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A couple’s gift to the community: Fight to keep ice arena operating in Wooster

WOOSTER, Ohio - Built in 2001, the Alice Noble Ice Arena was a gift to the community from Alice and Donald Noble whose first date was while ice skating.

The couple's dream was to share their passion through an enduring gift that would help others enjoy something their community did not have.

Built at a cost of about $5 million, the arena has since drawn families from more than an hour away.

Britta Kuenzli says her family drove an hour and a half round trip for five years from the Mansfield area to bring their son to the arena.

"We actually moved here because of the sports and most specifically because of hockey," said Kuenzli.

"The Alice Noble Foundation has just provided a great home for us and I just can't thank them enough for this building and putting this on for us for so long," said Brian Parrott, whose two children have both skated at the arena.

But since it was first built, the arena has operated with mounting financial losses -- the losses absorbed by the Noble Foundation.

"It was never expected that the ice arena would be a profitable operation; in fact, we anticipated that there would be some losses, but on the other hand we did not anticipate that the losses would be as high as they are," said David Noble, the son of Alice and Donald Noble, who believes the losses have been important to keep his parents' dream alive.

"I wanted to keep -- to do -- everything I could to honor their wishes and keep it open for as long as I possibly could, so that's why we have done it," said Noble.

The losses, which average about $150,000 a year, are down from a one-time loss of as much as $400,000 a year.

And with the mounting deficits, the foundation has had discussions about making this season, ending in March of 2020, the last season for the facility, donating the building to the Wooster schools without an ice rink to be used as an indoor arena.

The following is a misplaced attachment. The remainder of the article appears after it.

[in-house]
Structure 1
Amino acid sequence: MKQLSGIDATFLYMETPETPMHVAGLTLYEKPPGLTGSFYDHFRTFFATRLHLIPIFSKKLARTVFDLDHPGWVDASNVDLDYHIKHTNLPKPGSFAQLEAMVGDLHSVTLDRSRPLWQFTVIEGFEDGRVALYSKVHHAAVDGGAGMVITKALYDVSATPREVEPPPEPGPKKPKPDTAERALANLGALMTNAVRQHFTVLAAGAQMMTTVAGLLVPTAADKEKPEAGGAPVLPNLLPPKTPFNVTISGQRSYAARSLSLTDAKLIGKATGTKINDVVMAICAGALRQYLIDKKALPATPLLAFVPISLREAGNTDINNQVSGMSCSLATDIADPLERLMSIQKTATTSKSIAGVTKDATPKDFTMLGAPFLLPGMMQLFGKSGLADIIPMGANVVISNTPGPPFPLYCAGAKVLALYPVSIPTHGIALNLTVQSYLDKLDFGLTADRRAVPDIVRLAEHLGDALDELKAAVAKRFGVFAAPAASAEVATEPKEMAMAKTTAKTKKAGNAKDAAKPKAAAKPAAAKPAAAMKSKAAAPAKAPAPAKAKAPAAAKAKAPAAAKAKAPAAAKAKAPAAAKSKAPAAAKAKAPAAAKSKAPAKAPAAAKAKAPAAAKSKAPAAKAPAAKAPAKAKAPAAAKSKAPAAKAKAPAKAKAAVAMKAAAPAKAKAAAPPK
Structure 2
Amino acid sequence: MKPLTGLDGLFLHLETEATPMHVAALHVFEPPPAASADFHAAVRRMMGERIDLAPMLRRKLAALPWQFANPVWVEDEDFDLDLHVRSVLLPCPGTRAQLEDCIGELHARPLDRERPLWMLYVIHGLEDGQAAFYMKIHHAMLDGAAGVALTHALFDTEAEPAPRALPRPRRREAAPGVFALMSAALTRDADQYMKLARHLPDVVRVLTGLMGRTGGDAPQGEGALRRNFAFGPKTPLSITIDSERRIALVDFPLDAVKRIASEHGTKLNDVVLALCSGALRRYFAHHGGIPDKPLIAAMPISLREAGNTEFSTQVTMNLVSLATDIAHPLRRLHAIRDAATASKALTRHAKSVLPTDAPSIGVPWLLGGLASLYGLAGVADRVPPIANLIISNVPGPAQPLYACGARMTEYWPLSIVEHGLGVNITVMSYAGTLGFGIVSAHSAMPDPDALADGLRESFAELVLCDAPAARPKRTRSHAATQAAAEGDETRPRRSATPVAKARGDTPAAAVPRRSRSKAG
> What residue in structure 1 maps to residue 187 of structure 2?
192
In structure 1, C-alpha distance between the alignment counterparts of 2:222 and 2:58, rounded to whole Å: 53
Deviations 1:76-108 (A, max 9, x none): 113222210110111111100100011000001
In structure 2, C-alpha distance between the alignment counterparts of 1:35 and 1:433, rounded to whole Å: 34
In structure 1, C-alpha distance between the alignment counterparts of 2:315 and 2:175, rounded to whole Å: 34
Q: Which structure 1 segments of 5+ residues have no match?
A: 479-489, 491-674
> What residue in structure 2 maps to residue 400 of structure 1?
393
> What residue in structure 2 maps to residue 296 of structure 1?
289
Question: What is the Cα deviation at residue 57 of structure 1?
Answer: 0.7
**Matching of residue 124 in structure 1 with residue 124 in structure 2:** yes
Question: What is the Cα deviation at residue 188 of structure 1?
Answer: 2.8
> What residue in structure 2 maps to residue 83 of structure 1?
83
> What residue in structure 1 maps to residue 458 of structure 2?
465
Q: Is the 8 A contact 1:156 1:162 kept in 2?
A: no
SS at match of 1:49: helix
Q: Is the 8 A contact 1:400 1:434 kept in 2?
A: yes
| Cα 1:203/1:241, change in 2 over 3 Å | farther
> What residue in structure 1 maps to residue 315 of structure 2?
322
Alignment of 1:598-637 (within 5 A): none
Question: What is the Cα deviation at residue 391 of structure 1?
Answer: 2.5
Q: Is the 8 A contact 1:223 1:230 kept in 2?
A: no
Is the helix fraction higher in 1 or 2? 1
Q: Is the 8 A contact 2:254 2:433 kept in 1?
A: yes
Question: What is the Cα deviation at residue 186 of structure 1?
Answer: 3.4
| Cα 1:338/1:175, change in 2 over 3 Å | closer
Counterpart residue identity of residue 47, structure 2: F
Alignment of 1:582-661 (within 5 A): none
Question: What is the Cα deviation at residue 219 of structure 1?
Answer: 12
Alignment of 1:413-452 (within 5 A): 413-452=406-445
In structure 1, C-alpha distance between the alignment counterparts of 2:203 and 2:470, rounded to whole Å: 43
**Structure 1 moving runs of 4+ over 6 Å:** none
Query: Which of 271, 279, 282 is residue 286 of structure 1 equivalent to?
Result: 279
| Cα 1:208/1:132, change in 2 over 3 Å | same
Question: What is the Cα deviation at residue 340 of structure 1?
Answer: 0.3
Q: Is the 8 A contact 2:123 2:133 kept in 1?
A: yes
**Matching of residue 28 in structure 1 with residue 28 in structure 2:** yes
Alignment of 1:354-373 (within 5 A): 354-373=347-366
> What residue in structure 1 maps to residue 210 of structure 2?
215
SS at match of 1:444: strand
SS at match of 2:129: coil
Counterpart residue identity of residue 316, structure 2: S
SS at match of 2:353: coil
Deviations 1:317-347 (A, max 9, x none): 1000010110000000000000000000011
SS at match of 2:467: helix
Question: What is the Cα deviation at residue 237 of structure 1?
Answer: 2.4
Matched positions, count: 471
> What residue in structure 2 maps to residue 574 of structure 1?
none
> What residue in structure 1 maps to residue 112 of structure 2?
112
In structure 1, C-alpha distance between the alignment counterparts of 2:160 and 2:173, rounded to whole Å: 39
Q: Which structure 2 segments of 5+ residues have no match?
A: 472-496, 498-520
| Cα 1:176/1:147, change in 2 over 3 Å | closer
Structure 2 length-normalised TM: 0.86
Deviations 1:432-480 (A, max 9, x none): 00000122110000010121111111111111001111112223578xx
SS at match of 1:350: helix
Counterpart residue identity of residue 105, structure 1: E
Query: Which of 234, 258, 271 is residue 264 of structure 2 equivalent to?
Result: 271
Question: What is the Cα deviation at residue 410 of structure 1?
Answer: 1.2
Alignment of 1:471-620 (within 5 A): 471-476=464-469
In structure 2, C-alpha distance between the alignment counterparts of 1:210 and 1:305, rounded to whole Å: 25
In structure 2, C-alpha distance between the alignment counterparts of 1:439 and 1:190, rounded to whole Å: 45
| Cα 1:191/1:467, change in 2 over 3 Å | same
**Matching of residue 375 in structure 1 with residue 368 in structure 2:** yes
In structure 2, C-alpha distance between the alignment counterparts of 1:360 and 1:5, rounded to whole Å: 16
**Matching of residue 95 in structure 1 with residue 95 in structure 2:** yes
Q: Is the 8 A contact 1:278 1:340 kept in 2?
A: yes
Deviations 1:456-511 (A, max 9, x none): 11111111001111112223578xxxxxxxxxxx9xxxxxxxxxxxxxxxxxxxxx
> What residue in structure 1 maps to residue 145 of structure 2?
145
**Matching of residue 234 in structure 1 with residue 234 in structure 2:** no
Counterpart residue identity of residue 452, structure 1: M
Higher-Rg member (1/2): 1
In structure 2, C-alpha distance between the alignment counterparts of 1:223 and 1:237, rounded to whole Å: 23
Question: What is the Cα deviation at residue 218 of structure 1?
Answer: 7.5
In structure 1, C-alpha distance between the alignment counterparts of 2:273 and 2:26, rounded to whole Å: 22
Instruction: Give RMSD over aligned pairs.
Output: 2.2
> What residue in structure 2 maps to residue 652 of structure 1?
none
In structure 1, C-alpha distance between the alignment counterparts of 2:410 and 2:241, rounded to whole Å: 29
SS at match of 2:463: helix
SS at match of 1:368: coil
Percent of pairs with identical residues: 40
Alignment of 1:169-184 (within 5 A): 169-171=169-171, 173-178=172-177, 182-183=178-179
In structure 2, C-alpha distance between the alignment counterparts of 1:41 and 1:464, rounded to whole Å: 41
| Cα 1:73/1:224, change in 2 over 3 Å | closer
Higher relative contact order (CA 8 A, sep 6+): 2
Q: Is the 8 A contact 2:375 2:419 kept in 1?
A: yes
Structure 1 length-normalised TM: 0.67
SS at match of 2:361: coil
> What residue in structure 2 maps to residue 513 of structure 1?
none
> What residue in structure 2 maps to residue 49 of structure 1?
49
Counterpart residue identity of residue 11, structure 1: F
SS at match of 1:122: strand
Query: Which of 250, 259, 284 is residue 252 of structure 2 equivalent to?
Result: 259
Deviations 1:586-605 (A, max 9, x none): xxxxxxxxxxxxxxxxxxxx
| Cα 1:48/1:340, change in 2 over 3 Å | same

The proposal drew as many as 300 parents and students to a school board meeting Tuesday night, asking the foundation to do everything it can to keep the arena from closing.

"It has created summer camps and after-school programs.  I just can't imagine that this rink would sustain thriving something else that would be equal to what it is already doing," said Kuenzli.

"It's one of the only places in the entire Cleveland area where you can bring adults that don't have a skating background and start playing and it's grown and grown year after year," said Gary Rader, who coaches at the arena.

"I've played here forever and all my friends are here, so it's hard to not want to be here," said Collin Kerr, now 12 years old, who has skated at the arena since he was four.

The community's passion has not gone unnoticed by David Noble.

"There's a lot of passion and people saying that they want to help with the financial shortfalls at the arena, so we are going to take that into consideration, and by we I mean myself and the board of trustees of the Noble Foundation are going to try to put together some proposals for what it would take to keep the ice arena as an ice arena and not convert it to an indoor arena," said Noble.

Parents, coaches and board members of the Wooster Youth Hockey Association say they are also willing to do what they can to help keep Donald and Alice Noble's dream from fading.

"None of that is possible without the support of the Nobles and we are looking forward to rolling up our sleeves and figuring out what that's going to look like," said Peter Schantz, a board member with the Youth Hockey Association.

"Definitely grateful they did keep it going for as long as they have even with the losses they have had because without that we wouldn't have the program we do have today," said Cory Berney, also a hockey coach at the arena.

"I'd say thank you very much because this is the sport I play and it's like taking a basketball court away from basketball players or soccer courts away from soccer players and stuff like that," said Kerr.

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